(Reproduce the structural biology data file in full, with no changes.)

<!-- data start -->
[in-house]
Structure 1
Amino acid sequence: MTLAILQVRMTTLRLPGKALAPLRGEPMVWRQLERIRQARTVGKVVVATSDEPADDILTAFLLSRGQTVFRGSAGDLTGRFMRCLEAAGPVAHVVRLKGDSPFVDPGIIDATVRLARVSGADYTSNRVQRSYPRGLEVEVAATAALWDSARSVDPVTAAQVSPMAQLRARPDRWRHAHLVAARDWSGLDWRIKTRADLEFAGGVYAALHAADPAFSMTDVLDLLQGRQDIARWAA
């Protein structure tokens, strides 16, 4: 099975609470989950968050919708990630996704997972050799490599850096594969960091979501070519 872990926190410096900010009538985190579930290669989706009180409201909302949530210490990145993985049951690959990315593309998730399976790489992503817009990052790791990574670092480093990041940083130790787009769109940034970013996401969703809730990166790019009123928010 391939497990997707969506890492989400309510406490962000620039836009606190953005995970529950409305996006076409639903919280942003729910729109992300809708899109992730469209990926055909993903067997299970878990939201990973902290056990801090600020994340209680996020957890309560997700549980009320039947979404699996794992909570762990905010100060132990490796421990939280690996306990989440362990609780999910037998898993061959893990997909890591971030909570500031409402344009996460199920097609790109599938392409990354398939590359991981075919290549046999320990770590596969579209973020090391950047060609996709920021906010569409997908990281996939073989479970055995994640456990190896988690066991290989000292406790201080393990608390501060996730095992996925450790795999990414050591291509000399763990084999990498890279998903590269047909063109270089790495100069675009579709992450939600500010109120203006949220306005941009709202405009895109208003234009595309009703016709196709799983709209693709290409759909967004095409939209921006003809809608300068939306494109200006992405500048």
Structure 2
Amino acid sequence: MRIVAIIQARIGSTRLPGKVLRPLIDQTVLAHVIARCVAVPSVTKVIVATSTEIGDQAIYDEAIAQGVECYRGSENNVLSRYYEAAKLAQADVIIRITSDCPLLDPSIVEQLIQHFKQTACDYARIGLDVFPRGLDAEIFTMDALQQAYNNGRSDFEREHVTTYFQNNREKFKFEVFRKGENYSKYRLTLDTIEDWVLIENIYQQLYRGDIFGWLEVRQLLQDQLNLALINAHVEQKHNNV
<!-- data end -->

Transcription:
[in-house]
Structure 1
Amino acid sequence: MTLAILQVRMTTLRLPGKALAPLRGEPMVWRQLERIRQARTVGKVVVATSDEPADDILTAFLLSRGQTVFRGSAGDLTGRFMRCLEAAGPVAHVVRLKGDSPFVDPGIIDATVRLARVSGADYTSNRVQRSYPRGLEVEVAATAALWDSARSVDPVTAAQVSPMAQLRARPDRWRHAHLVAARDWSGLDWRIKTRADLEFAGGVYAALHAADPAFSMTDVLDLLQGRQDIARWAA
């Protein structure tokens, strides 16, 4: 099975609470989950968050919708990630996704997972050799490599850096594969960091979501070519 872990926190410096900010009538985190579930290669989706009180409201909302949530210490990145993985049951690959990315593309998730399976790489992503817009990052790791990574670092480093990041940083130790787009769109940034970013996401969703809730990166790019009123928010 391939497990997707969506890492989400309510406490962000620039836009606190953005995970529950409305996006076409639903919280942003729910729109992300809708899109992730469209990926055909993903067997299970878990939201990973902290056990801090600020994340209680996020957890309560997700549980009320039947979404699996794992909570762990905010100060132990490796421990939280690996306990989440362990609780999910037998898993061959893990997909890591971030909570500031409402344009996460199920097609790109599938392409990354398939590359991981075919290549046999320990770590596969579209973020090391950047060609996709920021906010569409997908990281996939073989479970055995994640456990190896988690066991290989000292406790201080393990608390501060996730095992996925450790795999990414050591291509000399763990084999990498890279998903590269047909063109270089790495100069675009579709992450939600500010109120203006949220306005941009709202405009895109208003234009595309009703016709196709799983709209693709290409759909967004095409939209921006003809809608300068939306494109200006992405500048």
Structure 2
Amino acid sequence: MRIVAIIQARIGSTRLPGKVLRPLIDQTVLAHVIARCVAVPSVTKVIVATSTEIGDQAIYDEAIAQGVECYRGSENNVLSRYYEAAKLAQADVIIRITSDCPLLDPSIVEQLIQHFKQTACDYARIGLDVFPRGLDAEIFTMDALQQAYNNGRSDFEREHVTTYFQNNREKFKFEVFRKGENYSKYRLTLDTIEDWVLIENIYQQLYRGDIFGWLEVRQLLQDQLNLALINAHVEQKHNNV